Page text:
- The Fed has raised interest rates again, in what many observers believe to be one of the last hikes in this cycle. Fed Chair Jerome Powell also suggested it could be possible to avert massive job losses while bringing inflation under control.
- Major financial markets recently gained ground on encouraging macroeconomic data in the US. Are investors’ bets on a soft landing overly optimistic? Are more rate hikes to come? Is a recession just around the corner?
- Find out what market commentators think could lie ahead as the central bank balances between slowing economic growth and falling but still-too-high inflation.
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Will the US economy stick a soft landing?
Encouraging signs that inflation is subsiding have fuelled hopes in the markets that interest rates are close to peaking and that, in turn, the US economy will avoid a major contraction.
The personal consumption expenditures (PCE) price index — the measure that the Federal Reserve uses to track its inflation goal — gained 3% in June 2023 from a year ago. The core PCE price index, which strips out the volatile food and energy components, increased by 4.1% year-on-year.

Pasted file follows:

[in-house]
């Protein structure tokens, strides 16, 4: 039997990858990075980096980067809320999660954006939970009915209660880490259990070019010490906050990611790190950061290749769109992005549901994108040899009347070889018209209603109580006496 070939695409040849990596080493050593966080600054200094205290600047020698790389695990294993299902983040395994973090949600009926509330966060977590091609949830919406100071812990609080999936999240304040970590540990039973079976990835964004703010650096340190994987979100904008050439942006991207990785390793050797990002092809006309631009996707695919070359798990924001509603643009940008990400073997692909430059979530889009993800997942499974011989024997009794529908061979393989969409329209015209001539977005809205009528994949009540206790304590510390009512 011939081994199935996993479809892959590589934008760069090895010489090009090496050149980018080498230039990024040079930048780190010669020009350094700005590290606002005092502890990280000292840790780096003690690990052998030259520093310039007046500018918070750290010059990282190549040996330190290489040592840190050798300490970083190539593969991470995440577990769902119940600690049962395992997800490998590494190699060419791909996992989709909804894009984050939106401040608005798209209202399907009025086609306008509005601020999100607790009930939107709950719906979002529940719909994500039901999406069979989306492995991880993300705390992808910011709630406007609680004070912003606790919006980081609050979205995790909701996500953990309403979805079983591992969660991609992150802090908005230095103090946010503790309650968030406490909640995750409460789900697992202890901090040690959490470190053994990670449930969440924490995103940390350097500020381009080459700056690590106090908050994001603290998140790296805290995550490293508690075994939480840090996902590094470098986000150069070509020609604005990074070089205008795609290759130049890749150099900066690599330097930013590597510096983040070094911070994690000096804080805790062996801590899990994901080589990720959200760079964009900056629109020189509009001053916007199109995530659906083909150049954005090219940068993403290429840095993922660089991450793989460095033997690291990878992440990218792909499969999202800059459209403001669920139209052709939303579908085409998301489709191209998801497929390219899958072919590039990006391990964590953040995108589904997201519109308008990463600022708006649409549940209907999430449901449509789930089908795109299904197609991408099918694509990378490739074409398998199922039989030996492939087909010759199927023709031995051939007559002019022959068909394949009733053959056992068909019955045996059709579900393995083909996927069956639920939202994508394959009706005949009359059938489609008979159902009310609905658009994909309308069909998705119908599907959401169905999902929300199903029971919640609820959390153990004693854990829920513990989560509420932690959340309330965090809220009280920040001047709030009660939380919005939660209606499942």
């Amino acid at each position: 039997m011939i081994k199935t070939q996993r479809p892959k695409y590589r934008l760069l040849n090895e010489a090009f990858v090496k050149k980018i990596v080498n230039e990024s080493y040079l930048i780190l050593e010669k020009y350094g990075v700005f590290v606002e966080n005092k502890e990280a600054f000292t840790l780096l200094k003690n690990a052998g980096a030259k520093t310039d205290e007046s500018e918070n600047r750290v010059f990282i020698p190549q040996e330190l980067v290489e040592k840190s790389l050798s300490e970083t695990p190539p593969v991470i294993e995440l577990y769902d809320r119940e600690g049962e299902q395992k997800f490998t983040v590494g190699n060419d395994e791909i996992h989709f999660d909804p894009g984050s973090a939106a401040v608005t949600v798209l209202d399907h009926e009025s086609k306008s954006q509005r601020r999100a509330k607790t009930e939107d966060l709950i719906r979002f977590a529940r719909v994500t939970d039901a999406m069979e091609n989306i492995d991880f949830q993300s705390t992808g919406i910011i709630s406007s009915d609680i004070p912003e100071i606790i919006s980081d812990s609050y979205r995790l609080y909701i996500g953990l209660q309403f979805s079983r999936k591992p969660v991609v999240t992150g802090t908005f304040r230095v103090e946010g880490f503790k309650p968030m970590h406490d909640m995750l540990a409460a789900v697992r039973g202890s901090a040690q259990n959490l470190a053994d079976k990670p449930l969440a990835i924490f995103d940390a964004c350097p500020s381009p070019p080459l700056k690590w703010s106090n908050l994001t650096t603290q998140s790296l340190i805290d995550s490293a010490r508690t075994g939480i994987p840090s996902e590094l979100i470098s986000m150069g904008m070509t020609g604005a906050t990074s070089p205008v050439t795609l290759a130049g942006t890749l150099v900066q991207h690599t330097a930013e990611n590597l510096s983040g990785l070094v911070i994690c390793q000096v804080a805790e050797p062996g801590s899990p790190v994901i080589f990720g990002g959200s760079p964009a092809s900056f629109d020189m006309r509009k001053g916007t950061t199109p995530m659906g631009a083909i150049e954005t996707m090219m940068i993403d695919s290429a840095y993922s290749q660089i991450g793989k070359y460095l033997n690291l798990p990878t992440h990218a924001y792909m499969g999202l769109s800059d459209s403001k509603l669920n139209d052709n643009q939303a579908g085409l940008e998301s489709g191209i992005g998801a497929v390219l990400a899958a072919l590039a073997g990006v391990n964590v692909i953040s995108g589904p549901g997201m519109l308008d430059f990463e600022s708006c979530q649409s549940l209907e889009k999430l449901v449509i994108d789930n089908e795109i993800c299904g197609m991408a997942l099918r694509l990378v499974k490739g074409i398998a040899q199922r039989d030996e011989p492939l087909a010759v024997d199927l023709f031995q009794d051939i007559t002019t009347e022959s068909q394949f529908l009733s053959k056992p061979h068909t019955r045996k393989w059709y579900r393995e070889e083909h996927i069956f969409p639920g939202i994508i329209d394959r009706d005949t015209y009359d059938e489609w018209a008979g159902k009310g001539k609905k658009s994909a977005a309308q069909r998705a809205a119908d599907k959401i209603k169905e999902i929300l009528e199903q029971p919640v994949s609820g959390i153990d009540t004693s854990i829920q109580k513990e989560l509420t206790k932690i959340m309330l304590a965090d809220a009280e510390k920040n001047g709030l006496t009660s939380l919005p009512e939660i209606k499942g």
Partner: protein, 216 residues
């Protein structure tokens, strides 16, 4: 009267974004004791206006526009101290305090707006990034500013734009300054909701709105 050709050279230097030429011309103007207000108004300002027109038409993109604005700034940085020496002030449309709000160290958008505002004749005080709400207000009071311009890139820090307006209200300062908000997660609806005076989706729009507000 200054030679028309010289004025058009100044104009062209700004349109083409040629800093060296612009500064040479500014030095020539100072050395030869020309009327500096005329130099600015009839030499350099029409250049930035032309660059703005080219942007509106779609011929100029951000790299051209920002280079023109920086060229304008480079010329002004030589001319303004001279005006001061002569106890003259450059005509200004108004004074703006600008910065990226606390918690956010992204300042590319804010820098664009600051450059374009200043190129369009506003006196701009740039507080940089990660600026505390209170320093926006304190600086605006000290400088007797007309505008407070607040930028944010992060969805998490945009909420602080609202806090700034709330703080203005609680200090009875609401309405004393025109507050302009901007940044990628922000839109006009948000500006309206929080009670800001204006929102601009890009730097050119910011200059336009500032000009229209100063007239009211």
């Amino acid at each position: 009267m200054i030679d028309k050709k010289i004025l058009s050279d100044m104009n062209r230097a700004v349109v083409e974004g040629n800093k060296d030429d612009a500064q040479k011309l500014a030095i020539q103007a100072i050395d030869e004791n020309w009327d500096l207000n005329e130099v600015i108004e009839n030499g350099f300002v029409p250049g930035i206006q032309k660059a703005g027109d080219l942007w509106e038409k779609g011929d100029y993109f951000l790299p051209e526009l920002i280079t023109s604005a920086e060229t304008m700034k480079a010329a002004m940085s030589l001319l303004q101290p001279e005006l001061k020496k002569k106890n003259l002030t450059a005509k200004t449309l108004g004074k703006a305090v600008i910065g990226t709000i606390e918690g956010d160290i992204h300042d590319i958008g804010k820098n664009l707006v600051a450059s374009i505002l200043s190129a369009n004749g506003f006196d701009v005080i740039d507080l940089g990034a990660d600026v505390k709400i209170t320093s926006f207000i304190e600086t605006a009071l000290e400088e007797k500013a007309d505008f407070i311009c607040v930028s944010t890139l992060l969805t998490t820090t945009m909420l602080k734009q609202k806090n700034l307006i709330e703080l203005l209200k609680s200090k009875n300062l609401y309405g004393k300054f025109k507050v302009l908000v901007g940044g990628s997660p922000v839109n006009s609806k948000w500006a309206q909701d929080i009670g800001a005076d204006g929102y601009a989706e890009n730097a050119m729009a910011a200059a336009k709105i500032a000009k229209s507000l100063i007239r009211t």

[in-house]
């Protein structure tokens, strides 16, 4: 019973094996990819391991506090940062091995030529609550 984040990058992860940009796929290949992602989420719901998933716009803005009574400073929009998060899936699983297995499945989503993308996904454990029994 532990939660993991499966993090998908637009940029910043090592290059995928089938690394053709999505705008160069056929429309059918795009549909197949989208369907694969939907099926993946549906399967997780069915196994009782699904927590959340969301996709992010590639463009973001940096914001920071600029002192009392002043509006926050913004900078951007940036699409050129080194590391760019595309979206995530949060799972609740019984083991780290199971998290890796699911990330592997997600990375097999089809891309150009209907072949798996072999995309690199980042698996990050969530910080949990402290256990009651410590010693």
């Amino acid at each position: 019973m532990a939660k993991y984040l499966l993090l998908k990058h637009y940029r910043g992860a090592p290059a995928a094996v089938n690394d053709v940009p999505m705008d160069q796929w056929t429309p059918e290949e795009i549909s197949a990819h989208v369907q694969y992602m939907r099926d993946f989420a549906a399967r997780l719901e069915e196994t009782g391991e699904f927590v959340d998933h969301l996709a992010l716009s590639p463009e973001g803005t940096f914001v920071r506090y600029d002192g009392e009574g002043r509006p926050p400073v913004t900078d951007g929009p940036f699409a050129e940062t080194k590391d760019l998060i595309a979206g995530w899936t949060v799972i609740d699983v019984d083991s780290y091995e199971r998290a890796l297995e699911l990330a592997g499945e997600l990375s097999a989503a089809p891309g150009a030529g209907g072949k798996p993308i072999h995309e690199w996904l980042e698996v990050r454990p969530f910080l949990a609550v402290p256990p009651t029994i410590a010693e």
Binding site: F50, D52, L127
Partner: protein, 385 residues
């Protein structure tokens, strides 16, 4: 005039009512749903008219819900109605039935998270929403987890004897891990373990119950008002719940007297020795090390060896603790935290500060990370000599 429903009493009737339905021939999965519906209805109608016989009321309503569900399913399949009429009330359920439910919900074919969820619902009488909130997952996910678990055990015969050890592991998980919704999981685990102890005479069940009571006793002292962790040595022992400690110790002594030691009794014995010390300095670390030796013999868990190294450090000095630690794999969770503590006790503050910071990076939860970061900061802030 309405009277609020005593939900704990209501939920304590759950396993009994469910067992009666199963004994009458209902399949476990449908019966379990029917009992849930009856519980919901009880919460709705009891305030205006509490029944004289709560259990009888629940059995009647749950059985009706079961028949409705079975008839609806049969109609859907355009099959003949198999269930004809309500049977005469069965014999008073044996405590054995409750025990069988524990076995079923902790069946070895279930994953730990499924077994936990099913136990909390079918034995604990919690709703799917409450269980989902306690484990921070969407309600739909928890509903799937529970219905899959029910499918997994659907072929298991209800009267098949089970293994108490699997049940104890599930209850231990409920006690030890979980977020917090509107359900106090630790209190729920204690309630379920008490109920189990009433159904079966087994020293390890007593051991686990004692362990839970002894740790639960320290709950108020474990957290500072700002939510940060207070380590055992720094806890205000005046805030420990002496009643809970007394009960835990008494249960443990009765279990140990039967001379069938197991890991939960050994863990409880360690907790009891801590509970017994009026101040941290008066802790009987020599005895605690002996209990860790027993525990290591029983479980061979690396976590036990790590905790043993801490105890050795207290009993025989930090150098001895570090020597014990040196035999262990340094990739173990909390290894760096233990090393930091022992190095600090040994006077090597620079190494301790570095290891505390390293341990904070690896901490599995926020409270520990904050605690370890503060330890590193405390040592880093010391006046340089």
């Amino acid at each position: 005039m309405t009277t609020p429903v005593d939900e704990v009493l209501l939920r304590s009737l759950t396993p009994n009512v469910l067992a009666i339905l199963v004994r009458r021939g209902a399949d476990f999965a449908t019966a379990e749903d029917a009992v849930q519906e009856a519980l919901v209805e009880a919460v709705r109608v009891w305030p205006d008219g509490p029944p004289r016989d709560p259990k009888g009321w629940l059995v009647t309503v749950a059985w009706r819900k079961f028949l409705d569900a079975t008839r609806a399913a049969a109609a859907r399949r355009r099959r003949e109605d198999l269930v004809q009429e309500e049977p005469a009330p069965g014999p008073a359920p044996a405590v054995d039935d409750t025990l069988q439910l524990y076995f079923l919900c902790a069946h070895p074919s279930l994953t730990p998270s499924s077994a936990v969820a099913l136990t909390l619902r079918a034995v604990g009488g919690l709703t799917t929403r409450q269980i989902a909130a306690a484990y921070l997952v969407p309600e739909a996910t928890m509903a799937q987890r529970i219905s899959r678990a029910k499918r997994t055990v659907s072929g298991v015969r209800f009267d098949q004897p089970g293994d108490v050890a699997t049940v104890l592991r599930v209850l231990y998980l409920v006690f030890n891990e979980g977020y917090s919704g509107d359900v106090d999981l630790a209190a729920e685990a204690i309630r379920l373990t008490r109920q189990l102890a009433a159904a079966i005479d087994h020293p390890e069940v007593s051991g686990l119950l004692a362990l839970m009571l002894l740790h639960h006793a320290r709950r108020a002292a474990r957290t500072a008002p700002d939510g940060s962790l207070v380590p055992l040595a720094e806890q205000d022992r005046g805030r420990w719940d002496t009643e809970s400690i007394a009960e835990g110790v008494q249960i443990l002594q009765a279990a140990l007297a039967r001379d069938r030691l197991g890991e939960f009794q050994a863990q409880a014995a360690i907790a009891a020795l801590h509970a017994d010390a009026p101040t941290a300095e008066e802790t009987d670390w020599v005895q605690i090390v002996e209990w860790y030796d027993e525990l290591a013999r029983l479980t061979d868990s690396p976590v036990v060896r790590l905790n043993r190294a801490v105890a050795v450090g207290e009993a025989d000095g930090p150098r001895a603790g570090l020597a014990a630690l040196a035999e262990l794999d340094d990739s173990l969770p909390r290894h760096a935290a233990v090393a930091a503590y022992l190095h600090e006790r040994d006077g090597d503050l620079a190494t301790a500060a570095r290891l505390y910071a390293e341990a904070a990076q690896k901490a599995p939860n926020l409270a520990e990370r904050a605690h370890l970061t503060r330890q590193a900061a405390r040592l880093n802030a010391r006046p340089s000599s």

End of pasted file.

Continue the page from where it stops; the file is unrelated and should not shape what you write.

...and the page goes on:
Many investors are thus increasingly confident in the chances of a soft-landing scenario — in which higher interest rates help to moderate price pressures without causing a deep recession or a big jump in unemployment rates.
Last week, the Fed hiked rates again as it continues to tackle still-too-high inflation. Policymakers at the US central bank on 26 July increased benchmark interest rates by 25 basis points (bps), in a widely expected move that brings the target range for the federal funds rate to 5.25% – 5.5%. Going forward, the Fed will be watching incoming macroeconomic data in deciding whether interest rates are to go higher.
Given the resilience of the economy, the central bank’s staff no longer forecasts a US recession. Fed Chair Jerome Powell on 26 July also said that “we do have a shot” for inflation to return to target without high levels of job losses.
Will the Fed pull off a soft landing as it balances a growth pullback and cooling inflation? Have we seen the last of rate hikes for this cycle? Here’s what fund managers think.
Tighter policy all around
BlackRock, 31 July 2023
“The Federal Reserve hiked rates and said more could come: It may be overestimating the economy’s strength, we think.“
“Last week’s US PCE (Personal Consumption Expenditures) inflation and wage data showed a move in the right direction. But we fear an inflation rollercoaster as service price pressures persist — and jobs data this week will be key to assessing the outlook. The Fed, like us, is not yet convinced that inflation is on track to reach its target. It thinks economic weakness is the only way to get there — and sees resilient GDP (gross domestic product) and consumer spending as signs the demand in the economy is still too strong.
“We think the Fed may be misreading the economy’s strength based on low unemployment: That shouldn’t be taken as the usual sign of a buoyant economy, but rather a result of structural worker shortages holding back growth potential. We think this perceived strength raises the risk that the Fed hikes more than markets expect and then cuts as it generates too much weakness — rather than just holding tight.”